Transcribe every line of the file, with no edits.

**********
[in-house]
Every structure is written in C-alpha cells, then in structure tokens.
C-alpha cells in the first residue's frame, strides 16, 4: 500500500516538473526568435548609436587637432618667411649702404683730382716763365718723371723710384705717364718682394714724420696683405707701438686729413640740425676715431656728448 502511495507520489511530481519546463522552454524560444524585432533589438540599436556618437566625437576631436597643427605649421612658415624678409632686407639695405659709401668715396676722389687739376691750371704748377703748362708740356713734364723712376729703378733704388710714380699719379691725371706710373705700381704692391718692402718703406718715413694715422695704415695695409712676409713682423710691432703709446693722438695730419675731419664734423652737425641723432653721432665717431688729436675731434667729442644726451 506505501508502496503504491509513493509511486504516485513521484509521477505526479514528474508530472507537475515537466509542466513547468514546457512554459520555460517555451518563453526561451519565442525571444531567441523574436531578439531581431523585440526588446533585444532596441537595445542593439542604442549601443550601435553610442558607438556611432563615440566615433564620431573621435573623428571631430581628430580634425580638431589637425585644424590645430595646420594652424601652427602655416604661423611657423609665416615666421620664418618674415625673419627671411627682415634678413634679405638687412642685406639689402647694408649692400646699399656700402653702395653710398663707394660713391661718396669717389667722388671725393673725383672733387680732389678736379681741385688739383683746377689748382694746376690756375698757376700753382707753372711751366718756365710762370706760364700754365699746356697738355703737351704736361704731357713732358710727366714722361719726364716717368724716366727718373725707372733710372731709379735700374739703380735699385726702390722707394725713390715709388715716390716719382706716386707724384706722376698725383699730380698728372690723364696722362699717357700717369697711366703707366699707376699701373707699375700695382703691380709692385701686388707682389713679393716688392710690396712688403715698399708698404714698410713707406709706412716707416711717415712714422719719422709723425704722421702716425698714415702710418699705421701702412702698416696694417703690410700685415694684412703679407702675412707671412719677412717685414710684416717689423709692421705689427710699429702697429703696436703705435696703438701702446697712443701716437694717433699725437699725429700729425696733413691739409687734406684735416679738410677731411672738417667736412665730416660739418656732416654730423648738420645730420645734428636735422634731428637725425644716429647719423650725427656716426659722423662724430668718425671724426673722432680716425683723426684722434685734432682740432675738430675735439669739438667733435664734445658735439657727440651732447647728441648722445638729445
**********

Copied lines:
[in-house]
Every structure is written in C-alpha cells, then in structure tokens.
C-alpha cells in the first residue's frame, strides 16, 4: 500500500516538473526568435548609436587637432618667411649702404683730382716763365718723371723710384705717364718682394714724420696683405707701438686729413640740425676715431656728448 502511495507520489511530481519546463522552454524560444524585432533589438540599436556618437566625437576631436597643427605649421612658415624678409632686407639695405659709401668715396676722389687739376691750371704748377703748362708740356713734364723712376729703378733704388710714380699719379691725371706710373705700381704692391718692402718703406718715413694715422695704415695695409712676409713682423710691432703709446693722438695730419675731419664734423652737425641723432653721432665717431688729436675731434667729442644726451 506505501508502496503504491509513493509511486504516485513521484509521477505526479514528474508530472507537475515537466509542466513547468514546457512554459520555460517555451518563453526561451519565442525571444531567441523574436531578439531581431523585440526588446533585444532596441537595445542593439542604442549601443550601435553610442558607438556611432563615440566615433564620431573621435573623428571631430581628430580634425580638431589637425585644424590645430595646420594652424601652427602655416604661423611657423609665416615666421620664418618674415625673419627671411627682415634678413634679405638687412642685406639689402647694408649692400646699399656700402653702395653710398663707394660713391661718396669717389667722388671725393673725383672733387680732389678736379681741385688739383683746377689748382694746376690756375698757376700753382707753372711751366718756365710762370706760364700754365699746356697738355703737351704736361704731357713732358710727366714722361719726364716717368724716366727718373725707372733710372731709379735700374739703380735699385726702390722707394725713390715709388715716390716719382706716386707724384706722376698725383699730380698728372690723364696722362699717357700717369697711366703707366699707376699701373707699375700695382703691380709692385701686388707682389713679393716688392710690396712688403715698399708698404714698410713707406709706412716707416711717415712714422719719422709723425704722421702716425698714415702710418699705421701702412702698416696694417703690410700685415694684412703679407702675412707671412719677412717685414710684416717689423709692421705689427710699429702697429703696436703705435696703438701702446697712443701716437694717433699725437699725429700729425696733413691739409687734406684735416679738410677731411672738417667736412665730416660739418656732416654730423648738420645730420645734428636735422634731428637725425644716429647719423650725427656716426659722423662724430668718425671724426673722432680716425683723426684722434685734432682740432675738430675735439669739438667733435664734445658735439657727440651732447647728441648722445638729445